Culture: the cry of men in face of their destiny
Published on 27 December 2010
Why bother mentioning Hurricane Tomas, which caused deadly floods but killed only handfuls? To talk Haiti is to abbreviate discussion of smaller disasters
Since an earthquake launched Haiti from a nation whose dire poverty was old news into a nation the entire world wanted to hear about and heal -- a Haiti I visited and wrote about and grieved for -- I knew I wanted to go back. How would a Haiti that accumulates small catastrophes like odd socks do in the wake of massive destruction and breathtaking humanitarian aid? I hoped to tell stories of her unlikely success. But hard as it is to believe, despite epic fundraising and prime-time pleas from world leaders and Hollywood glitterati, in spite of a new version of "We Are the World" meant entirely for Haiti, by most measures the nation crowded on the western third of the island of Hispaniola is in worse shape than it was right after the 7.0 magnitude quake killed 220,000 residents, leveled its capital and displaced more than 1.3 million survivors.
Well, there's the government corruption, of course. And many countries that promised money haven't delivered. Crisis triaging continues 11 months later. Hundreds of thousands of Haitians will greet the new year in overcrowded tent cities where food, water and sanitation are wretched. Cholera has killed more than 2,500 in 60 days, a scourge medical aid workers and humanitarian groups tersely forewarned in a shaken country where huge numbers of people share and befoul limited water resources.
Why bother mentioning Hurricane Tomas, which caused deadly floods but killed only handfuls? To talk Haiti is to abbreviate discussion of smaller disasters. You have probably heard the most morbid statistics, how most people live on less per day than a U.S. adult spends on soda pop. How the growth of nearly 30 percent of children under age 5 is stunted. How only 30 percent of urban residents and 20 percent of their rural kin use "improved sanitation facilities." You know, toilets.
Twitter is made for describing Haiti, because, really, how many characters do you need to say life is improbably hard? Grammy Award winner and philanthropist Wyclef Jean said it all last year, with 81 characters to spare, when he told the St. Petersburg Times, "Animals in the U.S. live better than most people in Haiti."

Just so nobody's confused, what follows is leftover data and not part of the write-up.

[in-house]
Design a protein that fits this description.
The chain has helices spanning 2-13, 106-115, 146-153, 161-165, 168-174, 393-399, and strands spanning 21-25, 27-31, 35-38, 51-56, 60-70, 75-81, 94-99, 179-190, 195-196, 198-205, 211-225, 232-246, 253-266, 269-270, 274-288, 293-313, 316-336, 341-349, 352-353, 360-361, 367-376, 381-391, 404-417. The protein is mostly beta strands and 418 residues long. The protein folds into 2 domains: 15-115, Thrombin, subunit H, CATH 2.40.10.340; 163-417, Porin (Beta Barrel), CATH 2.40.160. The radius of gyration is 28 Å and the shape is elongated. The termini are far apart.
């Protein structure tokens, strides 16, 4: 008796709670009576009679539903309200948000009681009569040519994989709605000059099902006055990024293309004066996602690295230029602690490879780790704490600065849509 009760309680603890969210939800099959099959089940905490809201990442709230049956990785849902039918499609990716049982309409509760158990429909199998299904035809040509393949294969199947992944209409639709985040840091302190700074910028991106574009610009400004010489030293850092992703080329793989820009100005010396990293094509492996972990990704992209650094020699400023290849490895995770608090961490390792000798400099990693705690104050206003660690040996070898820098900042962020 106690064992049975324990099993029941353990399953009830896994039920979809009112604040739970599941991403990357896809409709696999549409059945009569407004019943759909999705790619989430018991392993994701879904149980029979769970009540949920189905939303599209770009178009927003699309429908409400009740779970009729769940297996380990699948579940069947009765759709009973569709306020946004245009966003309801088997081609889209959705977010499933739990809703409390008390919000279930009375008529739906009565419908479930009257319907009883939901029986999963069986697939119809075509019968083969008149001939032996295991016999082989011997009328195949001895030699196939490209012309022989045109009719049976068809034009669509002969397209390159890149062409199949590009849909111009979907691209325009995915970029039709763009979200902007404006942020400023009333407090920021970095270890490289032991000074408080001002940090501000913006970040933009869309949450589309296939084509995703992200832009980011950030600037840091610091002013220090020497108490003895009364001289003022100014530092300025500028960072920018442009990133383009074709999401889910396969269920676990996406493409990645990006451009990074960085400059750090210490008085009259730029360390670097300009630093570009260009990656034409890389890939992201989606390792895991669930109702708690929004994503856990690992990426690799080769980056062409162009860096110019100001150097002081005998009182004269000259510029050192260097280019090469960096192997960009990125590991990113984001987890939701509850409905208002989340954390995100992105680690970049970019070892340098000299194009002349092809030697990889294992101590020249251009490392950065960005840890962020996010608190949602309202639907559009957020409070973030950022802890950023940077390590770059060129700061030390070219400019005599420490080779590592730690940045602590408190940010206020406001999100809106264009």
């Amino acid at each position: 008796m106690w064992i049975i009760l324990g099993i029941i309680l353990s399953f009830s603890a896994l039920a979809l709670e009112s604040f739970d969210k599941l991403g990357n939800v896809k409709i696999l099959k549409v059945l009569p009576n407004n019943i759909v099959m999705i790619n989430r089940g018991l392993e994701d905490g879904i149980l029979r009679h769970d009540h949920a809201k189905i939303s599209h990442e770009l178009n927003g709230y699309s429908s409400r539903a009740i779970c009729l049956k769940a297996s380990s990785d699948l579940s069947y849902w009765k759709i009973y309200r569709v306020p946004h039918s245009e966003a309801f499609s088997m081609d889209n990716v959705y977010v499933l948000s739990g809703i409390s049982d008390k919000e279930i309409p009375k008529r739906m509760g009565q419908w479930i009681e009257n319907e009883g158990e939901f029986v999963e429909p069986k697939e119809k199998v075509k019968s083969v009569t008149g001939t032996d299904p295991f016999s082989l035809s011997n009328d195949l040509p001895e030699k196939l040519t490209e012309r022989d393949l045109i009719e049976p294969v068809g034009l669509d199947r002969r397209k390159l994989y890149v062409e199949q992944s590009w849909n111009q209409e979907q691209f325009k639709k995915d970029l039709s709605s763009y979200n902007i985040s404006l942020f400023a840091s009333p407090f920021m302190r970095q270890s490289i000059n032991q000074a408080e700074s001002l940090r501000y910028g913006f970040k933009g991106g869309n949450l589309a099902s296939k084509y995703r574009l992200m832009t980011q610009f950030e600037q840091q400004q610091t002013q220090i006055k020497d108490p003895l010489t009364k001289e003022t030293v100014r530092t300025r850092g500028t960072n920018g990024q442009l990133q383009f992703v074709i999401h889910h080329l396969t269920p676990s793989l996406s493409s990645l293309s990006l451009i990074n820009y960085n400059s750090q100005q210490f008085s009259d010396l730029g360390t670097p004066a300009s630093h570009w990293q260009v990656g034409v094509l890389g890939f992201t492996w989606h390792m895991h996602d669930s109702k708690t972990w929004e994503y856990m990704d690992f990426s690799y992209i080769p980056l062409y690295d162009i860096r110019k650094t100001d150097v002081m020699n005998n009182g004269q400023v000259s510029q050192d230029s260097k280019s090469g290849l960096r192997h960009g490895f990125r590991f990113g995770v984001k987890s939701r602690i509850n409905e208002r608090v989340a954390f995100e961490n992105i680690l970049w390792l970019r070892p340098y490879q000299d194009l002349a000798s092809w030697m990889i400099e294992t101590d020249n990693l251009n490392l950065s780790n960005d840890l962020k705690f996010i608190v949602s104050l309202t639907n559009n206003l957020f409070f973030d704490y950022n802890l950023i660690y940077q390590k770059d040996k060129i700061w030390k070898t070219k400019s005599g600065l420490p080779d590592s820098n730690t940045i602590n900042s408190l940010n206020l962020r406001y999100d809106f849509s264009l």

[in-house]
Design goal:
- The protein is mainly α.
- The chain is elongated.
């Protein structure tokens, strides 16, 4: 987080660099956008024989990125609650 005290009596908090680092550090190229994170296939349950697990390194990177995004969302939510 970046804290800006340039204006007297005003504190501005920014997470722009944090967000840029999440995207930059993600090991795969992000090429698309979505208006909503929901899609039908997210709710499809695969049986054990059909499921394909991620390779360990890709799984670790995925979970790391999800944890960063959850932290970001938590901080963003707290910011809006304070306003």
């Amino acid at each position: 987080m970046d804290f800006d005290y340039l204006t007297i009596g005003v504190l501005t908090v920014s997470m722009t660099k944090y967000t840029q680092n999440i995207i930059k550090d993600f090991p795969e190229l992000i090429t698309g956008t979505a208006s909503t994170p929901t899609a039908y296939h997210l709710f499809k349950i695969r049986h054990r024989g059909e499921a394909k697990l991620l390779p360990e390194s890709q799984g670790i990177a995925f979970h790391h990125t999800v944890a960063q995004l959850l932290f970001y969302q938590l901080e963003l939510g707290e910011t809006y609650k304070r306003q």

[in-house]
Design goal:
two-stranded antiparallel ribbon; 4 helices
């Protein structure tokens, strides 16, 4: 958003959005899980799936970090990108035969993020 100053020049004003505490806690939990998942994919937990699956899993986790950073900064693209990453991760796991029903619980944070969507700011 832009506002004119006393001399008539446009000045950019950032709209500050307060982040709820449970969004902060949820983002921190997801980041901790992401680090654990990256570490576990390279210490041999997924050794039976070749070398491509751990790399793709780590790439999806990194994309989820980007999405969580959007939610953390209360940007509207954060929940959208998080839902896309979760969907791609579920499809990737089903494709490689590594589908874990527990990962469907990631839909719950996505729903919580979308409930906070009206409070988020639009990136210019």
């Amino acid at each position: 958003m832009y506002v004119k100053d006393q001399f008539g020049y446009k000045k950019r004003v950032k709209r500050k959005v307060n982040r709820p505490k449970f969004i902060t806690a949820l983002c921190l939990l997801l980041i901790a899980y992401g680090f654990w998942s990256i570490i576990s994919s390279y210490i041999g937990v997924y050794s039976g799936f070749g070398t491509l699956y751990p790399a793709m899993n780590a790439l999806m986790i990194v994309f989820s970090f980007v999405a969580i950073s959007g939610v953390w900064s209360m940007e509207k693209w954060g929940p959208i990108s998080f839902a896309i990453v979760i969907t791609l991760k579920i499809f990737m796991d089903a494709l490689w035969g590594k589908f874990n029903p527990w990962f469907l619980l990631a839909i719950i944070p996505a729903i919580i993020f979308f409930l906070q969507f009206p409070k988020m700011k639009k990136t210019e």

Radio newsman Carel Pedre is known as the Ryan Seacrest of the Haitian airwaves and new media. His use of tweets and digital photos to inform the world about the earthquake that ravaged his homeland won him a 2010 Shorty Award. In the midst of recent demonstrations marked by automatic weapon fire and burning road blockades, he tweeted three words that were retweeted by 28 others and then others and so on and so forth: "I love Haiti." I can understand why. Maybe it's the resilience. Or the flare for the dramatic.
Trucks drive slowly through slums in Saint-Marc and Port-au-Prince, blasting sanitation jingles put to kompa dance music. At the airport, porters ask for tips in the form of hand sanitizer. Haiti might seem without resources but its people are the very definition of resourcefulness.
Cité Bob, Pétionville, Haiti - 12/7/2010 - Residents of the Cité Bob tent camp, who have fashioned huts from tarps and sheet metal, receive vouchers for 10 gallons of water a day. Cité Bob is one of the smallest of 25 camps in and around Port-au-Prince, Haiti, where Mercy Corps oversees sanitation and water safety (Bruce Ely / The Oregonian)
It certainly isn't on the roads; barely a quarter of the 4,000 miles of surface roads are paved. Drives of 60 miles take hours; a cross-country journey from southernmost to northernmost tip, more than a day. And two-thirds of the mountainous island isn't accessible by four-wheel-drive at all, geographically isolated to all but hikers or donkeys. Trucks fail even in the face of suburban hills in Pétionville, above the capital, where on one winter evening a vehicle carrying aid workers and journalists made five attempts up and especially steep face before sliding back down.
Rivera admits to being an uneasy veteran of two kidnappings in Haiti. He wanted out of Haiti earlier this month to avoid a third abduction. Because of the violent protests, the country's main airport closed and all flights were canceled. Blockades put a stop to traffic around the city for days. On the third day, Rivera negotiated with a driver to attempt a run to the Dominican border. Nearby, at the front desk, a manager listened to radio reports of looting and destruction. Faraway gunshots sounded like firecrackers. Drums pounded without interruption. The hotel's basic kitchen was down to two meal choices -- spaghetti bolognese or a pair of thin hamburger patties, with rice once the buns ran out.
The hotelier's eyes filled with frustration. "We're still trying to bounce back from the earthquake," she says. Rivera was trying to leave, and photographer Bruce Ely and I joined him when he managed to hire Pierre, a videographer/driver/fixer to speed us from the hills over Haiti's capital to Santo Domingo, capital of the Dominican Republic, five hours and several world tiers away. On the desperate drive through Carrefour Beauge, a slip of a town on the way to the border crossing at Malpasse, our car struck and killed a little yellow dog. One more victim of unrelenting chaos.
In January, we left Haiti to the sounds of Creole lullabies, sung to soothe orphans setting out for hopeful lives with their new American families. Nearly a year later, we fled to the stench of burning things and the thrum of our hearts, which echoed in turn the Vodou drums, the desperate grief and the smoldering, electric discontent.
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